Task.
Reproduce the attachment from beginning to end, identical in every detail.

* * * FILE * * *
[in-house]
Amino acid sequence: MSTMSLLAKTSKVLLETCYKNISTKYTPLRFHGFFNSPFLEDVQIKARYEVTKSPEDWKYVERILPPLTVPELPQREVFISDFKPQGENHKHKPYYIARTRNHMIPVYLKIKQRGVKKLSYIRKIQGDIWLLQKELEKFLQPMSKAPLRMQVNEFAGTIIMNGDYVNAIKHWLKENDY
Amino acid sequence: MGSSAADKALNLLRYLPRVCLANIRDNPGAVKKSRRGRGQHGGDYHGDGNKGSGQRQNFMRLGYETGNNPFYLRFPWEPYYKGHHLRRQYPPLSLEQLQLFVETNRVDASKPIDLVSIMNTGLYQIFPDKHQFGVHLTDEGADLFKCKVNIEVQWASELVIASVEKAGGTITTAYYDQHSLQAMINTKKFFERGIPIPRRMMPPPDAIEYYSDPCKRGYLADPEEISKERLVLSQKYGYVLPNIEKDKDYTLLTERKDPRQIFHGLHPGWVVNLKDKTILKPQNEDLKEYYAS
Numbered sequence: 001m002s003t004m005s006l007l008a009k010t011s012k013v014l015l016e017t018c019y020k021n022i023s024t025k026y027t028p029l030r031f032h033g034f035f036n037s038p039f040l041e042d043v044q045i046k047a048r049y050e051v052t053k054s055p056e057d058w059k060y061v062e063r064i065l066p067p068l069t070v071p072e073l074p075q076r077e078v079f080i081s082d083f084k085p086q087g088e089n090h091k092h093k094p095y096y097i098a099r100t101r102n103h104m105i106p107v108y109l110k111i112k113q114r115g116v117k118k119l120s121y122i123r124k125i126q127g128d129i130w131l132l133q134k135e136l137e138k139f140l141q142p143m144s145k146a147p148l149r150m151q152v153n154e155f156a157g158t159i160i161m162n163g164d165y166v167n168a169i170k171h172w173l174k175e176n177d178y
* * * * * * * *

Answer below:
[in-house]
Amino acid sequence: MSTMSLLAKTSKVLLETCYKNISTKYTPLRFHGFFNSPFLEDVQIKARYEVTKSPEDWKYVERILPPLTVPELPQREVFISDFKPQGENHKHKPYYIARTRNHMIPVYLKIKQRGVKKLSYIRKIQGDIWLLQKELEKFLQPMSKAPLRMQVNEFAGTIIMNGDYVNAIKHWLKENDY
Amino acid sequence: MGSSAADKALNLLRYLPRVCLANIRDNPGAVKKSRRGRGQHGGDYHGDGNKGSGQRQNFMRLGYETGNNPFYLRFPWEPYYKGHHLRRQYPPLSLEQLQLFVETNRVDASKPIDLVSIMNTGLYQIFPDKHQFGVHLTDEGADLFKCKVNIEVQWASELVIASVEKAGGTITTAYYDQHSLQAMINTKKFFERGIPIPRRMMPPPDAIEYYSDPCKRGYLADPEEISKERLVLSQKYGYVLPNIEKDKDYTLLTERKDPRQIFHGLHPGWVVNLKDKTILKPQNEDLKEYYAS
Numbered sequence: 001m002s003t004m005s006l007l008a009k010t011s012k013v014l015l016e017t018c019y020k021n022i023s024t025k026y027t028p029l030r031f032h033g034f035f036n037s038p039f040l041e042d043v044q045i046k047a048r049y050e051v052t053k054s055p056e057d058w059k060y061v062e063r064i065l066p067p068l069t070v071p072e073l074p075q076r077e078v079f080i081s082d083f084k085p086q087g088e089n090h091k092h093k094p095y096y097i098a099r100t101r102n103h104m105i106p107v108y109l110k111i112k113q114r115g116v117k118k119l120s121y122i123r124k125i126q127g128d129i130w131l132l133q134k135e136l137e138k139f140l141q142p143m144s145k146a147p148l149r150m151q152v153n154e155f156a157g158t159i160i161m162n163g164d165y166v167n168a169i170k171h172w173l174k175e176n177d178y